In 2016, Allegheny County in Pittsburgh became one of the first jurisdictions to allow a predictive-analytics algorithm to offer a second opinion on every incoming call. The screening tool displayed a vertical bar indicating 1 (lowest risk) and 20 (highest risk). “The assessment was based on statistical analysis of four years of prior calls, using well over 100 criteria maintained in eight databases for jails, psychiatric services, public-welfare benefits, drug and alcohol treatment centers and more” (Hurley 2018). The screening tool allowed Byrne, the call screener mentioned earlier, to dig up all the information about the mother, which typically would take hours. That same night, the algorithm predicted the 3-year-old to be at high risk, and officials were called in. However, Hurley’s article stated that the child was not at risk, even though the algorithm gave the child a 19 out of 20 score. The algorithm used was based on data constructed by social workers and DCFS officials who come in with their own pre-determined views and biases, creating inaccurate data. In this case, even though the algorithm did not make an accurate prediction of risk, perhaps erring on the side of caution – flagging possible abuse even if it’s not happening – is preferred to overlooking abuse when it happens.

Evaluating algorithms entails looking at how the algorithm was designed, the data behind the algorithm, as well as the humans who created it. Eckerd Kids, a Clearwater (Florida)-based nonprofit that runs child welfare programs in some states across the country, were contracted in Illinois to develop a “web-based program to pinpoint abuse and neglect investigations with the highest probability of series injury or death to children” (Capitol Fax 2017). The algorithms that Eckerd created rated the children’s risk of being killed or injured within the next two years, creating thousands of alerts and ending up in 4,100 Illinois children being assigned a 90 percent or greater probability of death or injury (Capitol Fax 2017). Despite the number of cases assigned a serious score, children still fell through the cracks. One child who did not get a high-risk score, and therefore was not flagged for the social workers, was found dead in her home in Joliet. Children fall through the cracks regardless of human interaction or the lack thereof. Without “clean”, honest, and un-biased data, there is no way to accurately predict whether a child is at risk.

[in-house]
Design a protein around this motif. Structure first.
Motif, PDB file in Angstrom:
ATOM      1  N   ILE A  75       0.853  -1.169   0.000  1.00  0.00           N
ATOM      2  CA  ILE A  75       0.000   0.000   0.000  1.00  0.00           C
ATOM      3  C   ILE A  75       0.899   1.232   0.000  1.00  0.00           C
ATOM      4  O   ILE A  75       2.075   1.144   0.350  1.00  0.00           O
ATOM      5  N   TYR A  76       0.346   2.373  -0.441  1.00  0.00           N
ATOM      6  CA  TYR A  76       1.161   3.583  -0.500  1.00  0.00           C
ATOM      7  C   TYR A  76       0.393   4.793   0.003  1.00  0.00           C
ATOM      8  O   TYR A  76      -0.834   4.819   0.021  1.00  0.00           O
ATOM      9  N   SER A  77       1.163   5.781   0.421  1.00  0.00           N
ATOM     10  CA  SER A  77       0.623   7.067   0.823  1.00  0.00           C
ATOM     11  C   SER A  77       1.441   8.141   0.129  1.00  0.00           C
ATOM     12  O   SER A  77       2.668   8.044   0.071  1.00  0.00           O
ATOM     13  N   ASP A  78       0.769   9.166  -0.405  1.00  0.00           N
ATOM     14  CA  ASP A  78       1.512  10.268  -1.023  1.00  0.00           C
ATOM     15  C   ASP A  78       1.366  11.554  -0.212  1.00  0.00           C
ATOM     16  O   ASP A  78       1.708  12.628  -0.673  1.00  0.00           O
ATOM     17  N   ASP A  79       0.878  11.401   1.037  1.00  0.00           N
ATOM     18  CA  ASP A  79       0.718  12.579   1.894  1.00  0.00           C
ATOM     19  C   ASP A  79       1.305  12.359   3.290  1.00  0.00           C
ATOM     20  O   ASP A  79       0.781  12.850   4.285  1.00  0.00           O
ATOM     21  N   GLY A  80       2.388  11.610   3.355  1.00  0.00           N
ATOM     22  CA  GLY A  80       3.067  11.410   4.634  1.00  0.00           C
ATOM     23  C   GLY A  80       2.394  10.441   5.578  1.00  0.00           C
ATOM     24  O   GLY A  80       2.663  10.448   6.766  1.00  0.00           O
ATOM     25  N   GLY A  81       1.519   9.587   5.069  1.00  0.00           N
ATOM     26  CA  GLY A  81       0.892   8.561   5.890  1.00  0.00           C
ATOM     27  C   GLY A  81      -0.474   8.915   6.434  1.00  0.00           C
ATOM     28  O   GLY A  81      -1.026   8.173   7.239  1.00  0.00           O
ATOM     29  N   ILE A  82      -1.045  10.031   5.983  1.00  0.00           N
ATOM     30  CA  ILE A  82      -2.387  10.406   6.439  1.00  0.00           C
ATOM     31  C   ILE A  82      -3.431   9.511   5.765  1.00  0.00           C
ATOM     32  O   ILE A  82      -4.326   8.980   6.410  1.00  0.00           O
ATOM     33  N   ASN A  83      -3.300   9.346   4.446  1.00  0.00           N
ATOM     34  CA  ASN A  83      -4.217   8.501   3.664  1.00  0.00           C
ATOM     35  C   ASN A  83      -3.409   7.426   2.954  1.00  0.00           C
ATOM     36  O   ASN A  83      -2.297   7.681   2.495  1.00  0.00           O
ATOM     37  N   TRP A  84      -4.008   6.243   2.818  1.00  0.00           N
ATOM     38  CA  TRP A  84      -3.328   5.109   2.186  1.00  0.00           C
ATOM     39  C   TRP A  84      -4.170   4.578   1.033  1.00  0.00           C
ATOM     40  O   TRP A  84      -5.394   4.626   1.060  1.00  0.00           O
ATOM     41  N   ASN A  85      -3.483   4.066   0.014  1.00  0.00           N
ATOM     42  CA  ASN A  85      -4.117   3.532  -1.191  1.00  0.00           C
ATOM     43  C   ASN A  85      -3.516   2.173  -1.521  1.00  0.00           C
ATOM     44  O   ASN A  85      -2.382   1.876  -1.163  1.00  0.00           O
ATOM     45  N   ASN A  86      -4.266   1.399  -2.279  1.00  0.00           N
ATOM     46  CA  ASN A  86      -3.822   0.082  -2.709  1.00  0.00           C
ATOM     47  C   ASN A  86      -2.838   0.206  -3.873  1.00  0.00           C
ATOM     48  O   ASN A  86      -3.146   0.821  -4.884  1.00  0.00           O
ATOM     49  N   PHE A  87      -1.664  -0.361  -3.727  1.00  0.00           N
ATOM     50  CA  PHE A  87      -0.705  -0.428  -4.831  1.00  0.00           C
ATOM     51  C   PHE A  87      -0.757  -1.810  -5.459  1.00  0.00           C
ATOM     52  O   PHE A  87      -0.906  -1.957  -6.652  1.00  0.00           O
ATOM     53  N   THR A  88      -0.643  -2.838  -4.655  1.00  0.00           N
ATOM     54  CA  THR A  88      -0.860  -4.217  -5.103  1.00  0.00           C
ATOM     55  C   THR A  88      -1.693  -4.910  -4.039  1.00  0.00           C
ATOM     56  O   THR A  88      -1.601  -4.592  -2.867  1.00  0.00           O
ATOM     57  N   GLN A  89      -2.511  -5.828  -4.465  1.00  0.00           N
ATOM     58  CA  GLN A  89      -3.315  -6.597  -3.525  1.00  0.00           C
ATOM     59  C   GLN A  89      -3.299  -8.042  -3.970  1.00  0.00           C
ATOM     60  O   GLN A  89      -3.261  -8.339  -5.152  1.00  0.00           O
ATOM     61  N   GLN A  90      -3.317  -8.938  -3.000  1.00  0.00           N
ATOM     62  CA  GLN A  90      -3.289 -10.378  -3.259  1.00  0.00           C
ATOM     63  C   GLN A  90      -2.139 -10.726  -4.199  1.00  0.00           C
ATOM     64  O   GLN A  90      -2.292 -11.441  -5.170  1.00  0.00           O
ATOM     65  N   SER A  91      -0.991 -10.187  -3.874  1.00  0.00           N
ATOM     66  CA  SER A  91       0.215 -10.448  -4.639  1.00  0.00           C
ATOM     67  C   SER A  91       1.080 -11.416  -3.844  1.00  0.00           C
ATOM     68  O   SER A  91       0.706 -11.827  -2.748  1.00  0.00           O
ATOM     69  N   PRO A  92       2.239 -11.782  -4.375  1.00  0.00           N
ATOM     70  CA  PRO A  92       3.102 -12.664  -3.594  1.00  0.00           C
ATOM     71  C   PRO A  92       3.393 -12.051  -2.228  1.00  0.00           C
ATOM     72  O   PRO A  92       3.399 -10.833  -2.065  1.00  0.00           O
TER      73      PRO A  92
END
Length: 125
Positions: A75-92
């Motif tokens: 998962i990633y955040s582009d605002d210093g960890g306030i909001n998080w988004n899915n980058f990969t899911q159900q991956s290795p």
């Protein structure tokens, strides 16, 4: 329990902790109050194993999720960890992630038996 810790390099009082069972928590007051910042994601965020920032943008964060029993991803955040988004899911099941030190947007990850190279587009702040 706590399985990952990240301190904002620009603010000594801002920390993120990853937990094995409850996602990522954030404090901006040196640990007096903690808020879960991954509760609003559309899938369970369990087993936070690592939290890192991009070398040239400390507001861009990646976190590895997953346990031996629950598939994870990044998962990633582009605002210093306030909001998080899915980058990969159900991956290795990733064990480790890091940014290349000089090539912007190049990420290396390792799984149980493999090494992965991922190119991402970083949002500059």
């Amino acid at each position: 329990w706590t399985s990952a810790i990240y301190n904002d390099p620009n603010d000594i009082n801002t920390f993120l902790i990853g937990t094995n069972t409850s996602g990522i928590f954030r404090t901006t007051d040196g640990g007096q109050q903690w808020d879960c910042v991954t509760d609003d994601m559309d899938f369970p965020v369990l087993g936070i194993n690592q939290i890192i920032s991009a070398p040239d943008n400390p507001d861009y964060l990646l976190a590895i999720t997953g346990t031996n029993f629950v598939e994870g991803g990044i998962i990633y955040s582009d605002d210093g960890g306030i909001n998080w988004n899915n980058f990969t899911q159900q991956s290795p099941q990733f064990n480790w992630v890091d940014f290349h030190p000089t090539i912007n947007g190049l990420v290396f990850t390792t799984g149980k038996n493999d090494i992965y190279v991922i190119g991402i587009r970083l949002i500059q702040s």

Eckerd’s algorithm was said to “disproportionately select poor children of color for government intervention, critics warn, and automated decision-making may replace the judgment of experienced child welfare professionals” (State Capital 2017). In order to create a model that correctly determines at- risk children, Eckerd needed past data. Eckerd analyzed thousands of closed abuse cases to draw data points that are highly correlated with serious harm. “The parents’ ages could be a factor – or their previous criminal records, evidence of substance abuse in the home, or the presence of a new boyfriend or girlfriend” (State Capital 2017). Each variable was highly considered when creating this algorithm; however, DCFS’s automated case-tracking system was riddled with data entry errors and did not link investigations about many children to cases regarding their siblings or other adults. Each night, DCFS gave Eckerd a nightly “data dump” from their case-tracking system, allowing Eckerd to generate real-time scores for each child (State Capital 2017). However, if the system and the data that an algorithm is relying on is broken or “damaged”, how accurate can that algorithm be? Algorithms are said to be un-biased and avoid faulty decision making that humans exhibit, but as stated by Hurley, “But what if the data they work with are fundamentally biased? There is widespread agreement that much of the underlying data reflects ingrained biases against African Americans and others” (Hurley 2018). Humans are ultimately behind each police report, DCFS report, and the algorithm itself.